Impairment Test and Real Options Analysis: Congenial or Uncongenial Twins? With Special Reference to Intangible Assets

23 Pages Posted: 30 Nov 2010 Last revised: 16 Dec 2010

See all articles by Giuseppe Marzo

Giuseppe Marzo

University of Ferrara - Department of Economics and Management

Date Written: December 30, 2005


The European Union Regulation no. 1606/2002 made it mandatory for all EU listed companies to prepare consolidated financial statements in accordance with International Accounting Standards (IAS) for each financial year starting on or after 1 January 2005.

As it is well known, the implementation of impairment test is emerging as one of the most debated issues. In particular, the impairment test for intangible assets is rather complex and will become even more important in consideration of the ongoing amendment of IAS 38 (Intangible Assets) and IAS 36 (Impairment Test) which is currently carried out by the IASB “Business Combination Project” in the footsteps of US’s SFAS 141 and SFAS 142.

The purpose of the paper is to challenge IAS 36 Discounted Cash Flow (DCF) approach to impairment test by proposing Real Options Analysis (ROA) as a fruitful and viable methodology for giving content to this test.

At present, the impairment test of intangible assets follows the general rules provided by IAS 36, as revised by Exposure Draft 3 – Business Combinations Project, and it is based on net-selling price and value-in-use. The latter is measured by “…(a) estimating the future cash inflows and outflows to be derived from continuing use of the asset and from its ultimate disposal; and (b) applying the appropriate discount rate to these future cash flows.”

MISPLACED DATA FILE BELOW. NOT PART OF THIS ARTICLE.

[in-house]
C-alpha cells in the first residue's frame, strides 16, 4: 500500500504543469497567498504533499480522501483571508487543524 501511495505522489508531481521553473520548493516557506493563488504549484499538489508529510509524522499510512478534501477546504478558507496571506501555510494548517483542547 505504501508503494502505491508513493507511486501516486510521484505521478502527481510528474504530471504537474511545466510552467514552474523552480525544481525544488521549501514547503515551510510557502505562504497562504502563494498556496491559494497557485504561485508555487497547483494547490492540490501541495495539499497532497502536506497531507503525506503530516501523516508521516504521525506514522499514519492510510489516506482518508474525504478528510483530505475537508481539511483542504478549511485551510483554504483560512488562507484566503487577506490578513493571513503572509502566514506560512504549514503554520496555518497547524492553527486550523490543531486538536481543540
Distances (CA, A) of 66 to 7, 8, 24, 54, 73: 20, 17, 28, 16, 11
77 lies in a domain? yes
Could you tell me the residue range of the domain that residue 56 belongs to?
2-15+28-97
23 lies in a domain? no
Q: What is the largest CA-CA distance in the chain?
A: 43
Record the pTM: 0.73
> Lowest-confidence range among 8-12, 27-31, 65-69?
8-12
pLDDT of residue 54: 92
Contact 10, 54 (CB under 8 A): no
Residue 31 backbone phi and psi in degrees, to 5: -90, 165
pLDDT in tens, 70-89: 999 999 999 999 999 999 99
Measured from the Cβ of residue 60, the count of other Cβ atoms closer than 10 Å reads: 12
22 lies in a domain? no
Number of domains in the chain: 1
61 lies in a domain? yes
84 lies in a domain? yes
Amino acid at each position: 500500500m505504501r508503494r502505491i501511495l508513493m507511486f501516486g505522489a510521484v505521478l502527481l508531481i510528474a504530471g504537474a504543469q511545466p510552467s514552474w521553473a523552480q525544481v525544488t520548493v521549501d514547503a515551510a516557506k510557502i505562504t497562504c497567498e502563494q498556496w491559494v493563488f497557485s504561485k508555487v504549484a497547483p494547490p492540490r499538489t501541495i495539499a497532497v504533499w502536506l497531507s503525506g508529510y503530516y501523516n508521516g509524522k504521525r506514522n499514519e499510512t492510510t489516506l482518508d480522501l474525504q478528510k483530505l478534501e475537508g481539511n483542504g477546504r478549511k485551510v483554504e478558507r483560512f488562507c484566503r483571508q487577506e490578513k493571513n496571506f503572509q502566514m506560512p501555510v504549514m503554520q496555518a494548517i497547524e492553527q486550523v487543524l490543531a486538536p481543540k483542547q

Unfortunately, DCF approach undervalues systematically high-risk assets since it does not account for managerial flexibility giving the firm the opportunity to take advantage of positive states of nature without suffering from bad ones. This flexibility, usually referred to as real option, is often connected with and arises from intangible assets and, if it is not incorporated in the value-in-use calculation, intangible assets could be unfairly impaired. Indeed, looking at the finance literature, ROA application to intangible investments, such as R&D investments, patents and licences, has often demonstrated the pitfalls of DCF approach in assessing their value.

In spite of its theoretical fairness in measuring value-in-use, ROA should be implemented with caution. Indeed, a deep analysis of the compliance of ROA with the provisions of IASs could highlights some criticisms of ROA-based impairment test. Some numerical examples will also be provided in order to reinforce the theoretical conclusions of the paper.

Despite those technical bewares, the paper nonetheless sets a case for the employment of ROA – instead of DCF approach – for the practical implementation of the impairment test for European companies.

Keywords: Real Options Analysis, Intangible Assets’ valuation, International Accounting Standards, Impairment test

JEL Classification: D81, G12, G13, M40, M41

Suggested Citation

Marzo, Giuseppe, Impairment Test and Real Options Analysis: Congenial or Uncongenial Twins? With Special Reference to Intangible Assets (December 30, 2005). Available at SSRN: or

Giuseppe Marzo (Contact Author)

University of Ferrara - Department of Economics and Management ( email )

Via Voltapaletto, 11
Ferrara, 44100

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